Although the seated dumbbell raise is a deltoid exercise, it also activates part of the delicate rotator cuff musculature. The supraspinatus muscle of the rotator cuff begins near the medial side of the scapula bone and runs over to the superior part of the head of the humerus bone of the arm.2 The deltoid muscle covers the tendon of the supraspinatus muscle. Along with the lateral fibers of the deltoid, the supraspinatus acts to abduct the humerus. The supraspinatus muscle is most active between positions where the arm is nearing a position that is parallel to the floor4 in the dumbbell lateral raise. The other important function of the supraspinatus is to hold the head of the humerus into the glenoid cavity (shoulder socket) of the scapula. It is really the only muscle of the rotator cuff that does not have a rotational function.2
Seated Dumbbell Lateral Raise
This exercise activates the medial deltoid and supraspinatus strongly and the posterior deltoid is moderately activated as a result of leaning slightly forward.5 If one bends over excessively, it will convert to a posterior deltoid exercise, so selecting the correct starting position is important.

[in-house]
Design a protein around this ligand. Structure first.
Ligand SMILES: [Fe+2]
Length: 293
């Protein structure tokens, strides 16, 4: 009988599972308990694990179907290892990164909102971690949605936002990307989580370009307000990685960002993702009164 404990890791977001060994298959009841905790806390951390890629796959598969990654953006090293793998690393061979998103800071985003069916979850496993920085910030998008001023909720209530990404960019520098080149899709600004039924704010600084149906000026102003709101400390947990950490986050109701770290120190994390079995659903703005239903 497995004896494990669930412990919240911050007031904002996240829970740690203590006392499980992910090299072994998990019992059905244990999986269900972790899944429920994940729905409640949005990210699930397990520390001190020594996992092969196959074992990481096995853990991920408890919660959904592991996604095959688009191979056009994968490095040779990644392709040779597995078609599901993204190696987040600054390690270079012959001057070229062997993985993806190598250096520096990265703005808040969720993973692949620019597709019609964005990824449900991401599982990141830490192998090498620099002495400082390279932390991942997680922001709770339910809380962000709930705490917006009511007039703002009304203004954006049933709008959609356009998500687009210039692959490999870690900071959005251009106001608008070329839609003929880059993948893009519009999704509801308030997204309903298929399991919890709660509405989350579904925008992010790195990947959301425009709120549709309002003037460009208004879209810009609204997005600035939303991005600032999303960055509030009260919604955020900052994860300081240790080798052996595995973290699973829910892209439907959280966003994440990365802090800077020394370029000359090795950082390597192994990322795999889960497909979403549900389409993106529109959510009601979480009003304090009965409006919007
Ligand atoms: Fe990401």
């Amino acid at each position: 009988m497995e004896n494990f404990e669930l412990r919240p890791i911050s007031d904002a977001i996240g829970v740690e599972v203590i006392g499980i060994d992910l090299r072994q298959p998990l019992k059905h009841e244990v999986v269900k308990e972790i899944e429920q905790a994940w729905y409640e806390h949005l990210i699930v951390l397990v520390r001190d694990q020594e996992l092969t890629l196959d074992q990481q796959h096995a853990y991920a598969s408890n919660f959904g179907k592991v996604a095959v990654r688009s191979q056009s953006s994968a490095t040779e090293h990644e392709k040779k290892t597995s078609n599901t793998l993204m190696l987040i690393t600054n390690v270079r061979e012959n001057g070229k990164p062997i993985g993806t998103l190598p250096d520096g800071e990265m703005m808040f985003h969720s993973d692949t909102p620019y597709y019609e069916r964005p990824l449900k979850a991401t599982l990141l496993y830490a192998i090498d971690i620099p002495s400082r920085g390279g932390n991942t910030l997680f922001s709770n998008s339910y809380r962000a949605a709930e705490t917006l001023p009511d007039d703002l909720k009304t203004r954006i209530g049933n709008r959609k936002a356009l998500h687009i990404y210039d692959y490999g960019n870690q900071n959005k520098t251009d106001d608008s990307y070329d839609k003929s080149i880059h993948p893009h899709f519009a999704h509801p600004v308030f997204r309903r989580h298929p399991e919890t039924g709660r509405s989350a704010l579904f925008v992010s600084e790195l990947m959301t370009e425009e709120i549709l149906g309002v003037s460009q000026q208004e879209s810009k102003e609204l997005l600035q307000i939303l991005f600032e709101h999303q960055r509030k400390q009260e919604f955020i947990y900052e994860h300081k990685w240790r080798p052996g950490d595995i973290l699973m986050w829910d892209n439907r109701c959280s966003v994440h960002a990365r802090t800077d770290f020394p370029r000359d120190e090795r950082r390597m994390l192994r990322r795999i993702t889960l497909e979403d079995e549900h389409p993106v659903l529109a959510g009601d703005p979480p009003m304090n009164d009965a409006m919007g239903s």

1. Select a set of light dumbbells and sit at the end of a flat bench with your feet firmly on the floor. Hold the dumbbells so that your palms face each other and your arms hang straight down towards the floor. Bend over just slightly (about 5 degrees). This will be your starting position.
2. Keep your torso stationary. Bend your elbows just slightly and begin to lift the dumbbells upwards (shoulder abduction).
3. Continue to lift the dumbbells upwards, but as you raise the weights, turn the hands slightly so that the little finger side of the hand is tilted upwards towards the ceiling as if you were pouring water in a glass.
4. Raise the dumbbells until your upper arms are parallel to the floor. There is no need to lift higher than this, otherwise the upper fibers of the trapezius, upper back muscle, and rotator cuff muscles will be doing the work, rather than your deltoid muscles.